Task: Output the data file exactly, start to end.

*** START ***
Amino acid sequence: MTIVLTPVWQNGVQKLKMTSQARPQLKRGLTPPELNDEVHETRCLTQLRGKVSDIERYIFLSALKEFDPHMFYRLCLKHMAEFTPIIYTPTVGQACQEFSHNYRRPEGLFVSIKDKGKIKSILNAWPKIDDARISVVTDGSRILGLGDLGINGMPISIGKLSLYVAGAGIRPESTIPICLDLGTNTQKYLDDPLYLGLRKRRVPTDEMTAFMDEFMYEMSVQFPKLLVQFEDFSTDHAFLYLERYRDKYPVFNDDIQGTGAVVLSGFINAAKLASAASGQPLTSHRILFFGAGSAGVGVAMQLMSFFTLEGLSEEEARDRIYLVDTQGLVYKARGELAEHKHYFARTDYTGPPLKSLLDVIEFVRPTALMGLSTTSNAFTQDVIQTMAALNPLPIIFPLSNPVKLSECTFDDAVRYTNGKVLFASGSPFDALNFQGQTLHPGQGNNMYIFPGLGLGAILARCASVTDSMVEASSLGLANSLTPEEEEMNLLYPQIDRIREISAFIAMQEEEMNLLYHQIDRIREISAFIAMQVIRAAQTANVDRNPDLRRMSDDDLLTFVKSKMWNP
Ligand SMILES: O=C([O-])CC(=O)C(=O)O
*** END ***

Amino acid sequence: MTIVLTPVWQNGVQKLKMTSQARPQLKRGLTPPELNDEVHETRCLTQLRGKVSDIERYIFLSALKEFDPHMFYRLCLKHMAEFTPIIYTPTVGQACQEFSHNYRRPEGLFVSIKDKGKIKSILNAWPKIDDARISVVTDGSRILGLGDLGINGMPISIGKLSLYVAGAGIRPESTIPICLDLGTNTQKYLDDPLYLGLRKRRVPTDEMTAFMDEFMYEMSVQFPKLLVQFEDFSTDHAFLYLERYRDKYPVFNDDIQGTGAVVLSGFINAAKLASAASGQPLTSHRILFFGAGSAGVGVAMQLMSFFTLEGLSEEEARDRIYLVDTQGLVYKARGELAEHKHYFARTDYTGPPLKSLLDVIEFVRPTALMGLSTTSNAFTQDVIQTMAALNPLPIIFPLSNPVKLSECTFDDAVRYTNGKVLFASGSPFDALNFQGQTLHPGQGNNMYIFPGLGLGAILARCASVTDSMVEASSLGLANSLTPEEEEMNLLYPQIDRIREISAFIAMQEEEMNLLYHQIDRIREISAFIAMQVIRAAQTANVDRNPDLRRMSDDDLLTFVKSKMWNP
Ligand SMILES: O=C([O-])CC(=O)C(=O)O